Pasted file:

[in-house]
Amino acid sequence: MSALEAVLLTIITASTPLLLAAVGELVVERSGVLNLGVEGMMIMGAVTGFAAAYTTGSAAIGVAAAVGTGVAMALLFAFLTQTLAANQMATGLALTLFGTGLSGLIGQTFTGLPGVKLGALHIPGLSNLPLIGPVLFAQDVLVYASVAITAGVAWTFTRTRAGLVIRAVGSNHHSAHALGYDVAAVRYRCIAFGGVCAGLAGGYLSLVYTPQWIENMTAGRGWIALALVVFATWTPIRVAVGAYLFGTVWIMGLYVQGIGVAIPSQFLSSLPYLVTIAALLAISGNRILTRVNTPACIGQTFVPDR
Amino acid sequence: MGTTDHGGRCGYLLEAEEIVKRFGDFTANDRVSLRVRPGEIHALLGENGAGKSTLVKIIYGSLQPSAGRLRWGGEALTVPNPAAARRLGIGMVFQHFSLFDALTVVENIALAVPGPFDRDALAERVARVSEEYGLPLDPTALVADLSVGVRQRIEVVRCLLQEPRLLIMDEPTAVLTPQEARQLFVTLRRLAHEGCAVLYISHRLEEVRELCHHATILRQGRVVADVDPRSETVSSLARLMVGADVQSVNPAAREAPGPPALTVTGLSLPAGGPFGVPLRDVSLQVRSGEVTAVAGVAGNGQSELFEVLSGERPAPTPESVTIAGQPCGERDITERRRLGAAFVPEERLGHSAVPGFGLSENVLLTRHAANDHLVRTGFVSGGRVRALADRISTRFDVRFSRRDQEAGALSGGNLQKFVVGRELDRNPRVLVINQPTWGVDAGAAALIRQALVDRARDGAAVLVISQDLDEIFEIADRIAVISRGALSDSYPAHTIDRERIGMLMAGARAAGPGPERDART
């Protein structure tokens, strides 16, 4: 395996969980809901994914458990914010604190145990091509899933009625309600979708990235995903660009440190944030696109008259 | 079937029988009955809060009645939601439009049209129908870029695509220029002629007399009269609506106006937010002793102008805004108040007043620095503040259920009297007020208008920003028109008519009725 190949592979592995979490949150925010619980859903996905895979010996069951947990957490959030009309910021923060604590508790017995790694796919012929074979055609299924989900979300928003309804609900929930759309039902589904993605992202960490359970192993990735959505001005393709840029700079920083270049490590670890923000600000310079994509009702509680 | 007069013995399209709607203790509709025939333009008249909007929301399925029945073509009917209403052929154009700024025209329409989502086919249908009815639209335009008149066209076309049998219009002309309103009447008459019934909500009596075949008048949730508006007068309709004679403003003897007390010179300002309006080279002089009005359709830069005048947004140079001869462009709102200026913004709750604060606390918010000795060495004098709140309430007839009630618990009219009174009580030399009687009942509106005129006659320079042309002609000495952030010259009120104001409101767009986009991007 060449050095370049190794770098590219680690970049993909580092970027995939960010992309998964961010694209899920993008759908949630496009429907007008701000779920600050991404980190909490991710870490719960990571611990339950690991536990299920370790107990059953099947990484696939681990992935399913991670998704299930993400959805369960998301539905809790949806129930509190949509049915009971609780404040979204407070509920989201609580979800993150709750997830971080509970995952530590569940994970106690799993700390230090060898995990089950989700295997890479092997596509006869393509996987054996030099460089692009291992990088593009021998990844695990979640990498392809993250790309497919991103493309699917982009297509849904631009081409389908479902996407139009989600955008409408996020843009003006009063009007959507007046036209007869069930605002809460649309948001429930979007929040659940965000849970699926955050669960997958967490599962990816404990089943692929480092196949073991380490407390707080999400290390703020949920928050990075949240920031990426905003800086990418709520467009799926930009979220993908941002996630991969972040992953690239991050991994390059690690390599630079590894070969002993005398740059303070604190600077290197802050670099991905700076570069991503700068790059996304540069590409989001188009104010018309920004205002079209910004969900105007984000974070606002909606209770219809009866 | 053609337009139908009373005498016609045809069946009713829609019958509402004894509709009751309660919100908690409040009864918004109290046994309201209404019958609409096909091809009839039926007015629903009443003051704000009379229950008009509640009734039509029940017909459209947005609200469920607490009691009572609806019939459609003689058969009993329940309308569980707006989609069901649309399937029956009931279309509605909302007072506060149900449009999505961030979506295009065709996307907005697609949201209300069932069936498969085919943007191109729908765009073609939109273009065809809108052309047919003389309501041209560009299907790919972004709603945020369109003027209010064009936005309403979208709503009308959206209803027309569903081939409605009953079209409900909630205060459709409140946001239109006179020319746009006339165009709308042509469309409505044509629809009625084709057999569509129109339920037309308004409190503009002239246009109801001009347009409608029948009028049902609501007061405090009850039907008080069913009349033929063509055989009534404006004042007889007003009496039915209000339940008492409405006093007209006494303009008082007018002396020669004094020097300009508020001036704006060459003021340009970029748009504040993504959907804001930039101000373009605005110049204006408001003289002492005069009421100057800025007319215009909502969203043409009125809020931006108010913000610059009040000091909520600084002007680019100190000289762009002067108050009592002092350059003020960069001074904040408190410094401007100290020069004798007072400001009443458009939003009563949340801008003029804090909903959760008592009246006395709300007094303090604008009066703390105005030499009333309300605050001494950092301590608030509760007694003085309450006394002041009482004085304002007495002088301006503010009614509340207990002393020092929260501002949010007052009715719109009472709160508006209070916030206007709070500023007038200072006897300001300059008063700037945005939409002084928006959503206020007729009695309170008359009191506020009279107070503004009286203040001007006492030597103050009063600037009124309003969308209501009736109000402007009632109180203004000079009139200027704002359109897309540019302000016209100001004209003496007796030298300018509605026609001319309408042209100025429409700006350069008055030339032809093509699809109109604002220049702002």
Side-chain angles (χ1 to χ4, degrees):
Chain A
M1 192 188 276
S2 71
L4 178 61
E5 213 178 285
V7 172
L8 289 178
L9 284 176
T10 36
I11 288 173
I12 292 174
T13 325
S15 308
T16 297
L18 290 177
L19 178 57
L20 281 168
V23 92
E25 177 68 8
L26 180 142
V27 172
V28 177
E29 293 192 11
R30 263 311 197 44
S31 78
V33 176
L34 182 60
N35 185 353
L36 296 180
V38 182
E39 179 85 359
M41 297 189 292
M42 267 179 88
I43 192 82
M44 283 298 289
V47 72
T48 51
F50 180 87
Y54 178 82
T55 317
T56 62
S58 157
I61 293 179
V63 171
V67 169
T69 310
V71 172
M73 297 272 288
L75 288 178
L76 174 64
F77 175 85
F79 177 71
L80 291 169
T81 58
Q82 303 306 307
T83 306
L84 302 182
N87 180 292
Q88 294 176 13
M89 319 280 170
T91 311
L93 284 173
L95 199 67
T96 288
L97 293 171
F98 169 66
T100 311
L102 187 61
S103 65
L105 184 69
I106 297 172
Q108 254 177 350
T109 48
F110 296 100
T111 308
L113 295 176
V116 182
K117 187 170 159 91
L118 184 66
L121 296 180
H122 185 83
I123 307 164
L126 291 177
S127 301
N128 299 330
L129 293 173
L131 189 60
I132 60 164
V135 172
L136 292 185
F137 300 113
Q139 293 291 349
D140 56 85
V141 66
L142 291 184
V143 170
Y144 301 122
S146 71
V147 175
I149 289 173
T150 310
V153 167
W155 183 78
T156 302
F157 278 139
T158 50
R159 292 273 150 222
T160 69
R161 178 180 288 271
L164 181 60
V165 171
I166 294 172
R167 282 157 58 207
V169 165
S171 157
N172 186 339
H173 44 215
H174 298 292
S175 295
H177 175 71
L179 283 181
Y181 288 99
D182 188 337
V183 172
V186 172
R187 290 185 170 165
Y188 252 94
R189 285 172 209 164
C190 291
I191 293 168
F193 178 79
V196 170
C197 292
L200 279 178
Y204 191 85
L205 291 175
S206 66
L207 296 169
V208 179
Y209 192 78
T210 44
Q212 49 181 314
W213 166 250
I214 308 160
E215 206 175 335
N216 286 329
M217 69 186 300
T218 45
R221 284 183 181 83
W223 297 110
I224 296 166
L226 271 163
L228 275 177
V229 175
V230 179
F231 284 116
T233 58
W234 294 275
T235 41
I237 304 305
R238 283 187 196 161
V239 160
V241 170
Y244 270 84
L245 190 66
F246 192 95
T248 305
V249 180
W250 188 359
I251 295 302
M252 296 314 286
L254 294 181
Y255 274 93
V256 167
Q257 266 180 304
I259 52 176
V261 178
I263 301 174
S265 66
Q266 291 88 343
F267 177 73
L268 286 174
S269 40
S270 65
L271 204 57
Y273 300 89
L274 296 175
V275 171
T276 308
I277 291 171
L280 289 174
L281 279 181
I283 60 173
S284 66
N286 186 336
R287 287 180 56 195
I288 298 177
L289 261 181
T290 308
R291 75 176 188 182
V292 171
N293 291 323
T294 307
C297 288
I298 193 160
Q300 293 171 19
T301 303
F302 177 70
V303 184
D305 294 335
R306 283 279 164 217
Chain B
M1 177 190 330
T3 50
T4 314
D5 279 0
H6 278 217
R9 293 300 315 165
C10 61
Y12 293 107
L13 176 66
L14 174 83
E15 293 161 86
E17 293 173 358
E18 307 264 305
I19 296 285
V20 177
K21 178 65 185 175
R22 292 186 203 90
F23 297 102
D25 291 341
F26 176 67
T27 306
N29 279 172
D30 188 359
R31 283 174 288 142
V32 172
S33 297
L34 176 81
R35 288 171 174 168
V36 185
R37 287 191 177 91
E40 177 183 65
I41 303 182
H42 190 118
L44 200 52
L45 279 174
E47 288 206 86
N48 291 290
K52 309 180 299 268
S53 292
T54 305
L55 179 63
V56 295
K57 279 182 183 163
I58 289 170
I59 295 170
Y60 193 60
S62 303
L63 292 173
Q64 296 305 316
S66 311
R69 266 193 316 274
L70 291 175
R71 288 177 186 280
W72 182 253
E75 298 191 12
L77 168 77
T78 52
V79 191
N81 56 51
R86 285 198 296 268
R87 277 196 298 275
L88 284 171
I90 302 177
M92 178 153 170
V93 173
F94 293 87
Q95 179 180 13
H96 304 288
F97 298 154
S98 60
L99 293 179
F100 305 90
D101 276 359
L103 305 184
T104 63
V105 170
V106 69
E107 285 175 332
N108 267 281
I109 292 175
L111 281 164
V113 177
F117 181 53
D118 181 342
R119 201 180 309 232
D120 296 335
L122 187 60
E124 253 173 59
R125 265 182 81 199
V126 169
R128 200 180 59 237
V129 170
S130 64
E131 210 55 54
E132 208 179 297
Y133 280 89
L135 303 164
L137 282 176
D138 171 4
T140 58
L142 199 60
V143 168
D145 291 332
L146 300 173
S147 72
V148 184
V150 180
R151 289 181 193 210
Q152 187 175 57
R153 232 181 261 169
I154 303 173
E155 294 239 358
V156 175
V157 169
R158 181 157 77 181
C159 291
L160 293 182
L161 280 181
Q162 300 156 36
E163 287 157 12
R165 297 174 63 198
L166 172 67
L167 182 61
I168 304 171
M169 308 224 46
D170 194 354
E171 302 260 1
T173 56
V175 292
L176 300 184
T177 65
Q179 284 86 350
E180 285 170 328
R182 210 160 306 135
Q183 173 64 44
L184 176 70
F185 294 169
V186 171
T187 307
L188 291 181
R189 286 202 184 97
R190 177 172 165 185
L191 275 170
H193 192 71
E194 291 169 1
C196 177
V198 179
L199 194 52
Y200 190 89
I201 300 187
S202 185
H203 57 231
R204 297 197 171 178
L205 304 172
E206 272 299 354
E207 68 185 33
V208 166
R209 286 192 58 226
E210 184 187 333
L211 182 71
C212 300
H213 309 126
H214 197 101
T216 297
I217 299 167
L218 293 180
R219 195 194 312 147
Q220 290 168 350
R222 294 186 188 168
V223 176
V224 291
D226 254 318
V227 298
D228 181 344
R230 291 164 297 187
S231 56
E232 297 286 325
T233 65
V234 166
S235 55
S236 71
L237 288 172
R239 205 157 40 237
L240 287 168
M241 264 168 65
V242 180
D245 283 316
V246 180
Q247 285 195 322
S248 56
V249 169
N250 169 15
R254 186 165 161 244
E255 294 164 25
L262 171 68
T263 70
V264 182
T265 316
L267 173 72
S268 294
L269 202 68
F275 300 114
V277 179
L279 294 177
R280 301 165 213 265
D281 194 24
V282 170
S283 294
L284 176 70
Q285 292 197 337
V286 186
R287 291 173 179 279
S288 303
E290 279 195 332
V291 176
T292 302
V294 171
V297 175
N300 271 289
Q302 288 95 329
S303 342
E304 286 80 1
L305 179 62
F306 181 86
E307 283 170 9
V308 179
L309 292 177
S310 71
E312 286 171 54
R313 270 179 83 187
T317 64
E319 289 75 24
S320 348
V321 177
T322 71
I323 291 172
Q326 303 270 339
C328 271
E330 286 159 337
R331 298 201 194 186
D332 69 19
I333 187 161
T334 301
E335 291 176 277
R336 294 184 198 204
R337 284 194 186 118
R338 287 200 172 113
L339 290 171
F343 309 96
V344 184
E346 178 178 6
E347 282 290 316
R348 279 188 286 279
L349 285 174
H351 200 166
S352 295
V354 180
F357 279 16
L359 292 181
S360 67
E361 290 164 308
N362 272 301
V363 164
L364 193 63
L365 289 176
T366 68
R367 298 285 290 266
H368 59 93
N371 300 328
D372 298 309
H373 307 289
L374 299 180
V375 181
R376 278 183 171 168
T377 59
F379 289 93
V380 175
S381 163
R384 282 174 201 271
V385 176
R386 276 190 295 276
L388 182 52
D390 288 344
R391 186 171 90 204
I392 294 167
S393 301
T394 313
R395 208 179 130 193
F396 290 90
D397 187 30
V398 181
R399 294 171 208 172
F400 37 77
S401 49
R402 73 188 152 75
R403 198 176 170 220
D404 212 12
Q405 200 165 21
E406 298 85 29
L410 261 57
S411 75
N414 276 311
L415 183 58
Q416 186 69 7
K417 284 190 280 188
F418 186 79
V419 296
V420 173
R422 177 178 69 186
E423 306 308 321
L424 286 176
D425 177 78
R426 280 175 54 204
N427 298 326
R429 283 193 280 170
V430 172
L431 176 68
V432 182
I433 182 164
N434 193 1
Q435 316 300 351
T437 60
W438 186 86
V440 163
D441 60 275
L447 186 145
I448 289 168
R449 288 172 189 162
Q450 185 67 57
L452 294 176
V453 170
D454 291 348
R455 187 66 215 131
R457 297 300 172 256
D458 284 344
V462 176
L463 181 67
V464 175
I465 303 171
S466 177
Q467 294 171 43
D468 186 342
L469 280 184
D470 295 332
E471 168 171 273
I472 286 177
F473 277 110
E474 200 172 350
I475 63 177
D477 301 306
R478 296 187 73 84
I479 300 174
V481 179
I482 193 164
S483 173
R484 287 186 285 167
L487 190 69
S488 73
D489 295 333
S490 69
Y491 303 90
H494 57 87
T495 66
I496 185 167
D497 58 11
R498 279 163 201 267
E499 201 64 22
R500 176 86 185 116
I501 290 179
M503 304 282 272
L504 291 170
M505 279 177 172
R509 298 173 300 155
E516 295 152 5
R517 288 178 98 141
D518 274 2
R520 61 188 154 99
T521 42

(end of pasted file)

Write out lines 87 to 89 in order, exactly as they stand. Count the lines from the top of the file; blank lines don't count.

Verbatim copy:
I123 307 164
L126 291 177
S127 301